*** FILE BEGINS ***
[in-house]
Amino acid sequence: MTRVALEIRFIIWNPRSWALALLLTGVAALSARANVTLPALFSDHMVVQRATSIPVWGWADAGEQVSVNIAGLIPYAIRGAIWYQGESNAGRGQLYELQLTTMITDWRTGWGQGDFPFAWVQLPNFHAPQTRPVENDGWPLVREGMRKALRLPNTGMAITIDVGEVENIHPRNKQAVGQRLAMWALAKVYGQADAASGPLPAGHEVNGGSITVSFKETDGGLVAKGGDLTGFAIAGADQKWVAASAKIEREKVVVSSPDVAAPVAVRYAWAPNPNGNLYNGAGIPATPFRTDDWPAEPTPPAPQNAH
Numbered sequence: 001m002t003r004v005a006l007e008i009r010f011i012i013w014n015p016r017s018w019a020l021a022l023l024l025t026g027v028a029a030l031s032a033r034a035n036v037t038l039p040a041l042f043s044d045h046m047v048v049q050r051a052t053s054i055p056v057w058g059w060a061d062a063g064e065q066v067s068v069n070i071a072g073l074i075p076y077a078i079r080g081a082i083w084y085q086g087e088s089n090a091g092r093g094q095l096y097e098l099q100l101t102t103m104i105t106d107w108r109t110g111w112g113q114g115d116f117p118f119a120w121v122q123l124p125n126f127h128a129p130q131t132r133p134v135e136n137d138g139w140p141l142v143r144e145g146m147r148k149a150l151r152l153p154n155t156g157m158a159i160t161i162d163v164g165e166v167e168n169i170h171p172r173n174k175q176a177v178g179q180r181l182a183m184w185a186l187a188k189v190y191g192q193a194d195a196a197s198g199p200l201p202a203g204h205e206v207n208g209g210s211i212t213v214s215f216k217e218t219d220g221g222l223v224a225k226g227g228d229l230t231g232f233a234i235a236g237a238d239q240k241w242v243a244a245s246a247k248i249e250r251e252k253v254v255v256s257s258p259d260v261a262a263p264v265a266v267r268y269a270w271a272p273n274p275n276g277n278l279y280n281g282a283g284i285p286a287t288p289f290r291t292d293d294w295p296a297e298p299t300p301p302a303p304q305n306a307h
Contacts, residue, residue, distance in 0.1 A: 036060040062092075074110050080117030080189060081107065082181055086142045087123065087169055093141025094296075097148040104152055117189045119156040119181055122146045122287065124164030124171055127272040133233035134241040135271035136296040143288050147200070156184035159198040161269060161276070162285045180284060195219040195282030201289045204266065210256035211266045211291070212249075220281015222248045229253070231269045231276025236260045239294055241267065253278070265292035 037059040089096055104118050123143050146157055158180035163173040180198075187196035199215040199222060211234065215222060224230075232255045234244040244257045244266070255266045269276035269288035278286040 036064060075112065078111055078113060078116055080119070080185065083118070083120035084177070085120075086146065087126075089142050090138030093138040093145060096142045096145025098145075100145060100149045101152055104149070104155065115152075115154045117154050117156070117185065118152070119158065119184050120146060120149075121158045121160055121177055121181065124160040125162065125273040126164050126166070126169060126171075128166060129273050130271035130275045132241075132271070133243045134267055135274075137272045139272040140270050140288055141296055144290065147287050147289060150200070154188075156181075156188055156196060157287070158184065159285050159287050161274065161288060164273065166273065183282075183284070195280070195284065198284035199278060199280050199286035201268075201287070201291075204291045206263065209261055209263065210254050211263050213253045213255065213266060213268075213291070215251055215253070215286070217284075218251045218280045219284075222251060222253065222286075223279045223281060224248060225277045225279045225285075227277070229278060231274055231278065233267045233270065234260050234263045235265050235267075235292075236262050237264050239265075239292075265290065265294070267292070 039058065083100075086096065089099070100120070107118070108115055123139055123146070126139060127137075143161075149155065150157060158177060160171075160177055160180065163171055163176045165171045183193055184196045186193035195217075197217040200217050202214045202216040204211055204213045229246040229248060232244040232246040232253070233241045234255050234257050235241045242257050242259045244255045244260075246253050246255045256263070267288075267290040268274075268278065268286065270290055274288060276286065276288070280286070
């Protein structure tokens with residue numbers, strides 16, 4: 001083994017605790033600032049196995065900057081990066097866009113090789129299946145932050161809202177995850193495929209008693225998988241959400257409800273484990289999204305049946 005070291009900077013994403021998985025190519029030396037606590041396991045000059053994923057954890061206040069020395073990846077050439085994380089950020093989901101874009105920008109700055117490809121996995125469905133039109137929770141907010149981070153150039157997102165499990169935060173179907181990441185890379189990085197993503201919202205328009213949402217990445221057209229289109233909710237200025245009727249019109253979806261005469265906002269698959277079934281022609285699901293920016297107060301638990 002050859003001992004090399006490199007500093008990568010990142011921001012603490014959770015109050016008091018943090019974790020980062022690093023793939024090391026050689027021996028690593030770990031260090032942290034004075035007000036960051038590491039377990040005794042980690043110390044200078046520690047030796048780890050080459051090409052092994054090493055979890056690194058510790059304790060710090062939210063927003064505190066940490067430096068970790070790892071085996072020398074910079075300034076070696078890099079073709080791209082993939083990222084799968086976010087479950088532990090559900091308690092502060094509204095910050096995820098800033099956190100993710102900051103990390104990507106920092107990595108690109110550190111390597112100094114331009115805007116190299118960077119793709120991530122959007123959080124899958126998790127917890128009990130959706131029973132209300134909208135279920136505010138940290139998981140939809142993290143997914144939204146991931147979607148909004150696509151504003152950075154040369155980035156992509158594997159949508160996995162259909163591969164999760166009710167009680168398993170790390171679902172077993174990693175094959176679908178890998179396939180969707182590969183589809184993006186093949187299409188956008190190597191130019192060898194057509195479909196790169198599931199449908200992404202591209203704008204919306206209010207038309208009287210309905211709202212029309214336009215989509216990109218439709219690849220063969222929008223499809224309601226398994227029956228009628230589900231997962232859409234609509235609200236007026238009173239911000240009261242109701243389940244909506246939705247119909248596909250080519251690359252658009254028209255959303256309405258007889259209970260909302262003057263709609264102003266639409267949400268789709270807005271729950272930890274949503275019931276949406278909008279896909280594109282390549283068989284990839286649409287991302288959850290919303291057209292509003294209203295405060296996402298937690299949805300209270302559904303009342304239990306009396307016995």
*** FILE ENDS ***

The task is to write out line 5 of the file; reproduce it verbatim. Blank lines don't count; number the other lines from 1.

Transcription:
């Protein structure tokens with residue numbers, strides 16, 4: 001083994017605790033600032049196995065900057081990066097866009113090789129299946145932050161809202177995850193495929209008693225998988241959400257409800273484990289999204305049946 005070291009900077013994403021998985025190519029030396037606590041396991045000059053994923057954890061206040069020395073990846077050439085994380089950020093989901101874009105920008109700055117490809121996995125469905133039109137929770141907010149981070153150039157997102165499990169935060173179907181990441185890379189990085197993503201919202205328009213949402217990445221057209229289109233909710237200025245009727249019109253979806261005469265906002269698959277079934281022609285699901293920016297107060301638990 002050859003001992004090399006490199007500093008990568010990142011921001012603490014959770015109050016008091018943090019974790020980062022690093023793939024090391026050689027021996028690593030770990031260090032942290034004075035007000036960051038590491039377990040005794042980690043110390044200078046520690047030796048780890050080459051090409052092994054090493055979890056690194058510790059304790060710090062939210063927003064505190066940490067430096068970790070790892071085996072020398074910079075300034076070696078890099079073709080791209082993939083990222084799968086976010087479950088532990090559900091308690092502060094509204095910050096995820098800033099956190100993710102900051103990390104990507106920092107990595108690109110550190111390597112100094114331009115805007116190299118960077119793709120991530122959007123959080124899958126998790127917890128009990130959706131029973132209300134909208135279920136505010138940290139998981140939809142993290143997914144939204146991931147979607148909004150696509151504003152950075154040369155980035156992509158594997159949508160996995162259909163591969164999760166009710167009680168398993170790390171679902172077993174990693175094959176679908178890998179396939180969707182590969183589809184993006186093949187299409188956008190190597191130019192060898194057509195479909196790169198599931199449908200992404202591209203704008204919306206209010207038309208009287210309905211709202212029309214336009215989509216990109218439709219690849220063969222929008223499809224309601226398994227029956228009628230589900231997962232859409234609509235609200236007026238009173239911000240009261242109701243389940244909506246939705247119909248596909250080519251690359252658009254028209255959303256309405258007889259209970260909302262003057263709609264102003266639409267949400268789709270807005271729950272930890274949503275019931276949406278909008279896909280594109282390549283068989284990839286649409287991302288959850290919303291057209292509003294209203295405060296996402298937690299949805300209270302559904303009342304239990306009396307016995």